We must define a case statement that matches PROFILE__REQUESTED__SUCCEEDED. To begin with, therefore we must import that constant from actionTypes.

Once imported, we can define a case using that constant. Remember, this constant is just a simple string. You could use raw strings here, but by using constants you have centralised the value should you ever wish to change it. Remember, we use this constant also in our profileSaga, and potentially other places too.

We use the ES6 standard destructuring technique to extract the id, username, and email from the action.payload. This is exactly the information we dispatched in our profileSaga earlier:

    yield put({
      type: types.PROFILE__REQUESTED__SUCCEEDED,
      payload: {
        id: userId,
        username,
        email
      }
    });

Finally, we use Object.assign to ensure we have created a brand new object, onto which we first apply whatever is in the state already (or that empty {} object if undefined), and then override any existing values with our new key / value pairs.

To clarify, I have created a further example on JSBin:

Object assign example on JSBin

Code sample if lost for any reason:

let state = {}

const exampleA = Object.assign({}, state, {
  id: 15,
  username: "jim",
  email: "jim@jimmyjohnson.com"
});

// nothing exists in state to begin with
console.log('exampleA', exampleA);


// -----------------------------------------
state = {
  username: "bob",
  email: "bob@bobbington.com"
}

const exampleB = Object.assign({}, state, {
  id: 27,
  email: "bob@jimmyjohnson.com"
});

// some existing values in state, so first apply those values to
// the empty object (first param of .assing), and then override
// with the values in the third argument
console.log('exampleB', exampleB);

The one last thing to do here would be to add in some sensible default values to our state so that when our application is first loaded, the expected keys are set, even if the values are undefined:

// /src/reducers/profileReducer.js

import {
  PROFILE__REQUESTED__SUCCEEDED
} from '../constants/actionTypes';


export default function profile(state = {
  id: undefined,
  username: undefined,
  email: undefined
}, action) {

  switch (action.type) {

    case PROFILE__REQUESTED__SUCCEEDED: {
      const {id, username, email} = action.payload;
      return Object.assign({}, state, {
        id,
        username,
        email
      });
    }

    default:
      return state;
  }
}

With our reducer completed, we can now take full advantage of what this offers us. Namely, making our ProfileArea dynamic.

Map State To Props

Our Reducer is taking the result of our action, our application's existing state, and ultimately returning the next state.

We can now use Redux's mapStateToProps function to watch the Redux Store - the container of our application's state - for any changes to the state, and if seen, we can then take these values out of state and use them as props.

Currently we have the following hardcoded props being passed to ProfileArea:

// /src/containers/ProfilePage.js

class ProfilePage extends React.Component {

  // * snip *

  render() {
    return (
      <div>
        <ProfileArea username="peter" emailAddress="peter@whatever.com"/>
      </div>
    );
  }
}

I've removed a bunch of code here to cut down on noise, but you can see the full code here if needed.

Instead of using these hardcoded values, let's instead pull the values from state:

// /src/containers/ProfilePage.js

import React, {PropTypes} from 'react';
import {connect} from 'react-redux';
import ProfileArea from '../components/ProfileArea';
import * as types from '../constants/actionTypes';

class ProfilePage extends React.Component {

  componentDidMount() {
    this.props.dispatch({
      type: types.PROFILE__REQUESTED,
      payload: {
        userId: this.props.pageState.auth.id
      }
    });
  }

  render() {

    const {
      username = '',
      email = ''
    } = this.props.pageState.profile;

    return (
      <div>
        <ProfileArea username={username} emailAddress={email}/>
      </div>
    );
  }

}

ProfilePage.propTypes = {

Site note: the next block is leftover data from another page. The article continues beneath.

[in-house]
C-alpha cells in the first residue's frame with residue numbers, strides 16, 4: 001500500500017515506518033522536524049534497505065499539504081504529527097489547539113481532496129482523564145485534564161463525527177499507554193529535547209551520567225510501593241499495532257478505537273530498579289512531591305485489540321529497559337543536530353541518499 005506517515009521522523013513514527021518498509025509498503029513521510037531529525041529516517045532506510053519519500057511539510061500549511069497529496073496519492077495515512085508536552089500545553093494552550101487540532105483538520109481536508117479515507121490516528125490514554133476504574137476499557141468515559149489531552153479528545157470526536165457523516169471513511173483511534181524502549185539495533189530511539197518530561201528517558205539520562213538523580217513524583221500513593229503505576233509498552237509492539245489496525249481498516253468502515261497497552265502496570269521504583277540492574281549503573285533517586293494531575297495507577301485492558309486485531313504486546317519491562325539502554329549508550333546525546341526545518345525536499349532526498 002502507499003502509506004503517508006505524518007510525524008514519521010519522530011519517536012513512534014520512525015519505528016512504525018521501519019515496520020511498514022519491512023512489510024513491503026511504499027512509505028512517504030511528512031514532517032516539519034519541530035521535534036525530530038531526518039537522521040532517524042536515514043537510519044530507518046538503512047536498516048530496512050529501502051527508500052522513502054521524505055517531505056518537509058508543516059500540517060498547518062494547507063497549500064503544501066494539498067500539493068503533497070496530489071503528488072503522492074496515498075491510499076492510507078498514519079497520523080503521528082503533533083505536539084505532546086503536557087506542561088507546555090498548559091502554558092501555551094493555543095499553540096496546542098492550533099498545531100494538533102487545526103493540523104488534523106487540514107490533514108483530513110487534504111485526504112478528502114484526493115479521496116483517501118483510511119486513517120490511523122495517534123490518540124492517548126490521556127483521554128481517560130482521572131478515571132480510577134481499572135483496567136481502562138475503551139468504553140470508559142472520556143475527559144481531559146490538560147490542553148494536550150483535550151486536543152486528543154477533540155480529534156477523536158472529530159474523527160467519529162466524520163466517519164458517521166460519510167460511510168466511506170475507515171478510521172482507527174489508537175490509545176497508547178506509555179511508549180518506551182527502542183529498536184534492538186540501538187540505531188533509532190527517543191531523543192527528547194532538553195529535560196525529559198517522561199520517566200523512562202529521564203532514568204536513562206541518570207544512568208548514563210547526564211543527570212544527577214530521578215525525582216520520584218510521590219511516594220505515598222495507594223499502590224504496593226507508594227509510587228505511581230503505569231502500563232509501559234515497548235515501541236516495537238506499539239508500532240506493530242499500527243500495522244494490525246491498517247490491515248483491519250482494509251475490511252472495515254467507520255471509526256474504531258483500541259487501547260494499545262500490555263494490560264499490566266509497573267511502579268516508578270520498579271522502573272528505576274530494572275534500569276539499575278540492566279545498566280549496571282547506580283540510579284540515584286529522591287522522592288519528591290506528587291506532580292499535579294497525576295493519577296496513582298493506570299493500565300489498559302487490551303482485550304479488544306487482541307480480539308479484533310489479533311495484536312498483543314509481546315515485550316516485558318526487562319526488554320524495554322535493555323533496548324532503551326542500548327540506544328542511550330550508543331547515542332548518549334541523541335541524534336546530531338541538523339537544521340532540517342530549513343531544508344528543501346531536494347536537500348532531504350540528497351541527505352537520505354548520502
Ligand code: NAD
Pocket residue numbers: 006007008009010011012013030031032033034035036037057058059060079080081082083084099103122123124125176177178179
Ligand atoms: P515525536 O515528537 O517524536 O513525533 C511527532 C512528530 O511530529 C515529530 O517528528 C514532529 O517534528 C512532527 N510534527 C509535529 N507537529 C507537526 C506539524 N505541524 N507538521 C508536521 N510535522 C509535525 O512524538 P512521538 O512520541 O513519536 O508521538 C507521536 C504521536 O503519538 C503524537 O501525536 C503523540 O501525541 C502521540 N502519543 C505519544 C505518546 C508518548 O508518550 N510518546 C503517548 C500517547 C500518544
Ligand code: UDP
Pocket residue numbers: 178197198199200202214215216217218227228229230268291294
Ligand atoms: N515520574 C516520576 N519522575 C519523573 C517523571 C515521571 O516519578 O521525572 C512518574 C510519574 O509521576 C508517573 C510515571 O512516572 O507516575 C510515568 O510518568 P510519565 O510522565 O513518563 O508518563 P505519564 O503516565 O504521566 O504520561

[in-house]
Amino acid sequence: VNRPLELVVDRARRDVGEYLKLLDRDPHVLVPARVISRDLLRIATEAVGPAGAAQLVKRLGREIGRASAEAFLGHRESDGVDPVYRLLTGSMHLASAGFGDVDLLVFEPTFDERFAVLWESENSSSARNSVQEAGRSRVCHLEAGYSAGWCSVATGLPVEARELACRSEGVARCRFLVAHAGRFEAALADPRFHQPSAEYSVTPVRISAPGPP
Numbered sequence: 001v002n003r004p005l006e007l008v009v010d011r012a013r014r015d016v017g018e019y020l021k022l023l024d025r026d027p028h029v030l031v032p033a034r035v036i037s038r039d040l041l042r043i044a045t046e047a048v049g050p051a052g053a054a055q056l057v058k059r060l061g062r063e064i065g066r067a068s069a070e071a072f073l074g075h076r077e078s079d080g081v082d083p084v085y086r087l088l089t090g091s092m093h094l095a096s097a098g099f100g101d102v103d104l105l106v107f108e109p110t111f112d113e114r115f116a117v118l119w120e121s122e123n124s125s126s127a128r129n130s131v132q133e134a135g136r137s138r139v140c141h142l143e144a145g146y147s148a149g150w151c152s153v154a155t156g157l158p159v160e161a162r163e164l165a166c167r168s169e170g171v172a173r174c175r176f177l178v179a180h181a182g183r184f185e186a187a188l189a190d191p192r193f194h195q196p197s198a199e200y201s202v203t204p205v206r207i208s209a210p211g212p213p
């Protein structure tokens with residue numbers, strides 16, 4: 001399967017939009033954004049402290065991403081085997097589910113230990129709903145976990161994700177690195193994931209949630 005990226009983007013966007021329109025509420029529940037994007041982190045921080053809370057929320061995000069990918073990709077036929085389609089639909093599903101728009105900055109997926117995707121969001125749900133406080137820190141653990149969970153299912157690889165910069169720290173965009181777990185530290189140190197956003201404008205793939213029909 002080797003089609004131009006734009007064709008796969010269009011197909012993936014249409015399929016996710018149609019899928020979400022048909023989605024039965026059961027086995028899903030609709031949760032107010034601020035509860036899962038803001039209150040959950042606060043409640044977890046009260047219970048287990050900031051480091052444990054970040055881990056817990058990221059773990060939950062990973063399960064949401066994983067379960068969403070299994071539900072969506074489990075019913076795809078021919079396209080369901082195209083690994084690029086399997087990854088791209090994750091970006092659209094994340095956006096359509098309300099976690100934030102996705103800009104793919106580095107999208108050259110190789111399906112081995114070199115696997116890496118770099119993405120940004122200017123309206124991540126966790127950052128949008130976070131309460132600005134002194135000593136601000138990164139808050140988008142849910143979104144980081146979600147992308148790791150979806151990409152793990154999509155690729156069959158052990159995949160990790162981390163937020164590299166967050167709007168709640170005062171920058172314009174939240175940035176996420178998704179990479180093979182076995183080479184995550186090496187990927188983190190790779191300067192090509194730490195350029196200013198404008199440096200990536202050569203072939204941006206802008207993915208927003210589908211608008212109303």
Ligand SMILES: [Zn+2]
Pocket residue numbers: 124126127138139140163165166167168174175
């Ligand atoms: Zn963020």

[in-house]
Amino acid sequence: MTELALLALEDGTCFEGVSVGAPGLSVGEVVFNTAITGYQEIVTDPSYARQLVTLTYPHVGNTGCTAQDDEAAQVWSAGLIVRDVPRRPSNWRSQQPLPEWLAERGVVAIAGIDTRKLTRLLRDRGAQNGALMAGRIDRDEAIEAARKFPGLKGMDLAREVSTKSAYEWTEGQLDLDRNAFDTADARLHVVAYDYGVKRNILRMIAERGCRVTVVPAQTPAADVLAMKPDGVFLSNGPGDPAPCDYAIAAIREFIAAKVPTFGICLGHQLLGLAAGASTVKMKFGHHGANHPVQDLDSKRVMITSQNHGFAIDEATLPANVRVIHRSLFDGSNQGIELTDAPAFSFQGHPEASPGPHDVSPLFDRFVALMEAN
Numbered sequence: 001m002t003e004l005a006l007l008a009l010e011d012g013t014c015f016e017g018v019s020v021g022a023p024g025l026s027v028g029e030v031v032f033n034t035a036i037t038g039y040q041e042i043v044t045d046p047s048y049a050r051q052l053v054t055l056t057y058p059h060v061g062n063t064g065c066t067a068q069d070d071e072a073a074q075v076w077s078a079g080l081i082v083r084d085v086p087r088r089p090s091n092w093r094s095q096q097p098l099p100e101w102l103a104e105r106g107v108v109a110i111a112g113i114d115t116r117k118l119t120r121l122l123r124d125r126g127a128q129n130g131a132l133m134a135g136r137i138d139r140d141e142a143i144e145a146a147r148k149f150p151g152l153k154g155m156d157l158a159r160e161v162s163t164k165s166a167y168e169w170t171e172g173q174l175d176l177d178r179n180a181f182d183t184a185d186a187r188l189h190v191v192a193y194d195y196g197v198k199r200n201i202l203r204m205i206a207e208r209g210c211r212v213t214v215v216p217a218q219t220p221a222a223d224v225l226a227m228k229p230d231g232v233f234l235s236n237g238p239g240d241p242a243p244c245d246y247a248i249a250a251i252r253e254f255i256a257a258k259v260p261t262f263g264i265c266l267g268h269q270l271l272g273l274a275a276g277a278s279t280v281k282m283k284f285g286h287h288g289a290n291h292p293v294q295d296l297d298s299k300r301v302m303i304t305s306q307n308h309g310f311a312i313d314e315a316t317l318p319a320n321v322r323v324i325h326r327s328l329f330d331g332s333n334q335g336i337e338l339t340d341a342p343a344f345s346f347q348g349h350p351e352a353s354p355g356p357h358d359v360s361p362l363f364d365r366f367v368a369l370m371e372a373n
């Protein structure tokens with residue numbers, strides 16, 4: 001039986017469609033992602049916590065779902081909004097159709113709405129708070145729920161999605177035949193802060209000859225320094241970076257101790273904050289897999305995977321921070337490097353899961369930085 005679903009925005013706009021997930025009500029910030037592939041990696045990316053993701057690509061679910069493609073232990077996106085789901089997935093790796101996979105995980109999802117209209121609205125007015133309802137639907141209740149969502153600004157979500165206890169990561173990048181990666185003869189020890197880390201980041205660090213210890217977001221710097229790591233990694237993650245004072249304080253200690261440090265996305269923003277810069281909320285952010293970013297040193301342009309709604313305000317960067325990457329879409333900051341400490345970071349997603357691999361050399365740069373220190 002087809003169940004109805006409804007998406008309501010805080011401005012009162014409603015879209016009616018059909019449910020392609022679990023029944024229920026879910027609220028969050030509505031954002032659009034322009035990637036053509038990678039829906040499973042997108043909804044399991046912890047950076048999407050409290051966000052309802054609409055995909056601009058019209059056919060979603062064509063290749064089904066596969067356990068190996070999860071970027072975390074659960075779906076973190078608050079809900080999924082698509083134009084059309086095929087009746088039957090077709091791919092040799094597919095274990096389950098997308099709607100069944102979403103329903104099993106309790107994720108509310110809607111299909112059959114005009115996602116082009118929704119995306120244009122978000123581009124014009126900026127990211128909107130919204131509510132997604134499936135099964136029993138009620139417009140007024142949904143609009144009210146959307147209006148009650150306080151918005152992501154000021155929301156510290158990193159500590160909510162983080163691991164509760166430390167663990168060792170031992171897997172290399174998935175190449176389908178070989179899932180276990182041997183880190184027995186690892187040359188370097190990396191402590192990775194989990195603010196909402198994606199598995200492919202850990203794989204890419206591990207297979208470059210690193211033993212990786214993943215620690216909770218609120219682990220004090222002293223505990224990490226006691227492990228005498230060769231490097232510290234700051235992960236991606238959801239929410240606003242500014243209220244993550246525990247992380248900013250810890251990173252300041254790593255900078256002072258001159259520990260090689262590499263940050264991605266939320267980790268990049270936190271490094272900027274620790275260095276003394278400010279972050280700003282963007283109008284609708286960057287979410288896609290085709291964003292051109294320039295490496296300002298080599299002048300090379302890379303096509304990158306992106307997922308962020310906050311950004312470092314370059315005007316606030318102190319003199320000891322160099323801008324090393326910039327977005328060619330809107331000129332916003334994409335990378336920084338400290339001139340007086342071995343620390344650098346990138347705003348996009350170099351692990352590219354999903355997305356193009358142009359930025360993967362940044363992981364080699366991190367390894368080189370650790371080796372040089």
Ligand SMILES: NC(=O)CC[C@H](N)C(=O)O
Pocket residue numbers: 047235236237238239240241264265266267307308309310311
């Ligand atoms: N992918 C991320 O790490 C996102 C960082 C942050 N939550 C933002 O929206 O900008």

dispatch: PropTypes.func.isRequired,
  pageState: PropTypes.object.isRequired
};

function mapStateToProps(state) {
  return {
    pageState: state
  };
}

export default connect(mapStateToProps)(ProfilePage);

One slight downside in setting username and email to undefined in our Reducer's initial state is that our ProfileArea will throw an error on first load, as it expects these values to be defined. I've simply set both to be an empty string by default here, but maybe this would be better set in the Reducer's initial state instead:

export default function profile(state = {
  id: undefined,
  username: '',
  email: ''
}, action) {

I'm not sure how I feel about this, as an empty string is still something, and that's not a true representation of the initial state. My preference is to therefore override in the ProfilePage's render method where this is more specific. Your opinion may vary, and I'm open to further thought on this.

Ultimately though, at this point we now have a dynamic profile page area, displaying the username and email address of the currently logged in User. We have restricted this route down so that users must be logged in to see this page, so no dangers of accidentally triggering this for users who are not logged in.

Sure, the data we are pulling back is trivial, and it seems like a lot of work to retrieve two fields. But think about this on a larger scale, with many more fields - and hopefully you can see the benefits of this approach.


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Episodes in this series

# Title Duration
1 App Walkthrough - User Experience 03:15
2 App Walkthrough - Developer Experience 07:41
3 Development Environment Setup 06:34
4 Login - Part 1 09:15
5 Login - Part 2 07:55
6 Login - Part 3 12:37
7 Login - Part 4 10:22
8 Login - Part 5 08:00
9 Saving Redux State to Local Storage 08:50
10 Logout 10:57
11 Adding an Auth-aware NavBar 14:43
12 Cleanup, Linting, and Login Form Styling 09:58
13 Showing Spinning Icons, Because Why Not? 08:11
14 More Robust Request Tracking 09:07
15 Getting Started Testing With Jest 06:43
16 Testing Request Reducer - Part 1 11:35
17 Testing Request Reducer - Part 2 05:25
18 Testing AuthSaga - Happy Path 09:19
19 Testing AuthSaga - Unhappy Paths 04:38
21 Testing JavaScript's Fetch with Jest - Happy Path 05:15
21 Testing JavaScript's Fetch with Jest - Unhappy Paths 04:35
22 Getting Started with Jest Mocks 08:52
23 Using Webpack Environment Variables in Jest Tests 09:37
24 User Profile Page - Part 1 07:31
25 User Profile Page - Part 2 10:25
26 User Profile Page - Part 3 07:23
27 Change Password - Part 1 10:01
28 Change Password - Part 2 07:59
29 Change Password - Part 3 - Displaying Errors 06:28
30 Change Password - Part 4 - Converting Errors From Symfony to Redux Form 05:39
31 Change Password - Part 5 - Adding More Tests 05:06
32 Change Password - Part 6 - Avoid Blocking, and Wrap Up 06:23
33 Registration - Part 1 08:50
34 Registration - Part 2 06:25
35 Registration - Part 3 05:25